March 21, 2012
Posted on 03/21/2012
A different kind of Grand Slam
Saturday’s victory against the French in Cardiff delivered Wales their third Grand Slam in seven years. Whilst the celebrations were identical to the Slams of 2005 and 2008, the build-up and the performance felt very different in 2012.
The victories in 05 and 08 came as a bit of a shock to the Welsh team, the coaching staff and the nation. But this one didn’t, Wales knew it was coming. I’m not for one moment suggesting that it didn’t come as a nice surprise, it did. But this was like someone throwing you a surprise party that you knew was being organised long before the event. And when that moment arrives, you have to pretend to be more shocked than you actually are.
The performance against France was markedly different from both the previous Slams. The campaigns of 05 and 08 were built on miracle offloads and white-knuckle come- backs. They relied on high risk, high-tempo rugby and players who were renowned for their flamboyant skill sets – Martyn Williams, Gavin Henson, Michael Owen and Shane Williams the pick of the bunch.
That’s not to say that the class of 2012 aren’t skilful. As a collective they are far more skilful than the previous generation. But Welsh rugby no longer relies on the ‘Welsh way’. Welsh rugby is now more akin to the ‘Southern Hemisphere way’. Victories are built on a solid and sustainable supply of territory and possession not flashes of brilliance alone. And so it proved against France.
The Welsh set piece was very strong indeed. Wales won 77.8% of their lineout ball against the French. This may seem below the requisite 80% -90% demanded by modern coaches, but in fact Wales won more lineout ball against France (14) than they did against any other team in the championship. The low completion percentage is a result of Wales having so many lineouts. France’s disappointing decision to open the roof meant that the surface at the Millennium Stadium was greasy and resulted in Rhys Priestland executing a wonderful kicking game. His array of low trajectory skidding kicks caused masses of problems for the French back three. Regularly pinned in their own 22, with the impressive Alex Cuthbert often in pursuit, the French had to clear their lines from very close to the touchline. The narrow clearance angles resulted in Wales being awarded 18 lineouts and with it, the opportunity to dominate possession – which they duly did with 65%.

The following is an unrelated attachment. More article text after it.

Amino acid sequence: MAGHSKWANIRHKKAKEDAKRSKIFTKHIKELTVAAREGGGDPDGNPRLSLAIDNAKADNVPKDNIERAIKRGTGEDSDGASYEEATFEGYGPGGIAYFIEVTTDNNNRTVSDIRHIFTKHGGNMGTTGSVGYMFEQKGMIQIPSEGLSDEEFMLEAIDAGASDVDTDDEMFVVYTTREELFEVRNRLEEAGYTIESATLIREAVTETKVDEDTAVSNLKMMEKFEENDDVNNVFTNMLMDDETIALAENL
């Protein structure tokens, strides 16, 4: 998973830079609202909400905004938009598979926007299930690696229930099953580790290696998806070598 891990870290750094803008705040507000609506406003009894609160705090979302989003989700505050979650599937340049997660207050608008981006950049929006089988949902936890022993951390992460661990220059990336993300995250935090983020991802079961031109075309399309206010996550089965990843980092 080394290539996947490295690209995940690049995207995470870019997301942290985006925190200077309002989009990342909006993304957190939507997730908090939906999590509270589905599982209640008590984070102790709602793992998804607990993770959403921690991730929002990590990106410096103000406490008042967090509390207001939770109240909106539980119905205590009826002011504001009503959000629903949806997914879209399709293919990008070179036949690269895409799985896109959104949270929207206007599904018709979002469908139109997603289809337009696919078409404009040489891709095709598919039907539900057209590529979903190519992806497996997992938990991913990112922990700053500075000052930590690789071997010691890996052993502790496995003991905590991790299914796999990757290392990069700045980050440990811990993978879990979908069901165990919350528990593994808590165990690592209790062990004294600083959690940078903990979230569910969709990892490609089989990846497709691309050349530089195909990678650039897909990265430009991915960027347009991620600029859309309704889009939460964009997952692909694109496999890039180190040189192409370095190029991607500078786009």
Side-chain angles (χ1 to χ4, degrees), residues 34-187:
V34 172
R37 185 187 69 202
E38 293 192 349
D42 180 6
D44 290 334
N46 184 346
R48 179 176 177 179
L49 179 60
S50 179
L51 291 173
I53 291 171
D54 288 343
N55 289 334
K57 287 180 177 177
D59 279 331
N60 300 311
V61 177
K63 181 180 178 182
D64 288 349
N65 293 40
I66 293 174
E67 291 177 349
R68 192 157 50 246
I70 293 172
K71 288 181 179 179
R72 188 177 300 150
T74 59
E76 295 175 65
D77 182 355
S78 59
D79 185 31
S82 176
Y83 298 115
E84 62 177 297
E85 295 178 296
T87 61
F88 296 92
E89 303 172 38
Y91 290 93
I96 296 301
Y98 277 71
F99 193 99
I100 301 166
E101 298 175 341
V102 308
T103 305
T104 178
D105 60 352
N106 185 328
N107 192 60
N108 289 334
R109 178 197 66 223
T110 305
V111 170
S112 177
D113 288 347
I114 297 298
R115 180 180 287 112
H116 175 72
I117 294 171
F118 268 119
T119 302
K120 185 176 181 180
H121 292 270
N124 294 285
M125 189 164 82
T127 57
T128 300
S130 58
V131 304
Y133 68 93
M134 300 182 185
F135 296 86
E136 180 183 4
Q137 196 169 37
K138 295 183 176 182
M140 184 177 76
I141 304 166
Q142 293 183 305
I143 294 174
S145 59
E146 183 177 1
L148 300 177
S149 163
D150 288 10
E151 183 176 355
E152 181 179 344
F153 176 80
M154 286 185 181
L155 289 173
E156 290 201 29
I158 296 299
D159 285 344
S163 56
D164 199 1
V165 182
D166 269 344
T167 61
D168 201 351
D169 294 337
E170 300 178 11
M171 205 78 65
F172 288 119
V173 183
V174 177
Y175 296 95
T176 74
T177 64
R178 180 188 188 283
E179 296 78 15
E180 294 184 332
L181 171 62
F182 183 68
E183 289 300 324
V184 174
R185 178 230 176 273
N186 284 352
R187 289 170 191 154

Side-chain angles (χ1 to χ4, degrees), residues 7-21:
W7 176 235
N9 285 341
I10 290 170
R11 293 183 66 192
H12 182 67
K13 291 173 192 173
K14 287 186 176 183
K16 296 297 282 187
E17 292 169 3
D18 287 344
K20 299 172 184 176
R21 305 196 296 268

Whilst Priestland’s refined kicking and effective lineout damaged France’s ability to control territory, the Welsh scrum damaged French pride. Wales won all five of their scrums, whilst France surprisingly lost two of theirs. It wasn’t just their inability to win their own ball that will concern Philippe Saint-André. France conceded numerous free kicks for early engagement and it spoke volumes of a front row under pressure and overly keen to make the hit. However, it is worth noting that some of France’s ‘early engage’ infringements were barely perceptible. Some of the offences could only be accurately recorded using equipment borrowed from NASA, or Craig Joubert’s eyes, apparently.
The entire Welsh forward effort was commendable, but a special mention must go to Dan Lydiate. He has become the most effective tackler in the world, bar none. But his ability to drop a ball carrier to the ground is notable for its speed, not necessarily its power – we’d probably need to borrow NASA’s equipment again such is the speed at which he puts players on the floor. But Lydiate tackling doesn’t just change games; it is changing our perception of modern tackling. The Welsh back-row are no longer looking for big impacts, and upper-body hits - getting a player on the floor is now the priority and rightly so. If you’re on the floor you are out of the game and at the mercy of Warburton, Faletau, Alun Wyn Jones and Jenkins.
As impressive as the forwards were against France, the Welsh backline was once again as threatening as it was dependable. Cuthbert’s try in the 20th minute has reinforced his reputation as one of the finest finishers in Europe. It is often said of a beaten defender who fails to make a tackle that he has been ‘stood up’. Poitrenaud should be so lucky, he was left kneeling down.
Jon Davies was superb once again. His simple, yet powerful lines of running have been very effective during the Six Nations. His developing offload game means that Welsh ball no longer dies in the middle of the field. His tactical kicking in the outside channel has become a useful weapon for Wales. But it is his ability to run out of the defensive line and make a perfectly timed ‘man on ball’ tackle that is so important to Wales. He’s like a ‘one man blitz’ and his desire to shut down overlaps saved Wales against France, as it has throughout the whole tournament.
But of all the statistical and scientific measures that we can adopt to judge the difference between this year’s Grand Slam and the previous titles, there is one key performance indicator that shouldn’t be ignored – my mother. She is a big fan of Welsh rugby and prone to bouts of histrionics when things get tight. But yesterday she remained calm for 80 minutes, and when Mrs Williams doesn’t think a Welsh win is in doubt, it means things are going to plan.
The Grand Slam of 2012 was undoubtedly different to those of 2005 and 2008. And Welsh supporters will be hoping that this point of difference continues beyond this year’s tournament. The highs of the previous Slams were followed by a season of mediocrity and fourth place finishes. It would be a shame if that happened to this group of players, but for the record, I doubt it will.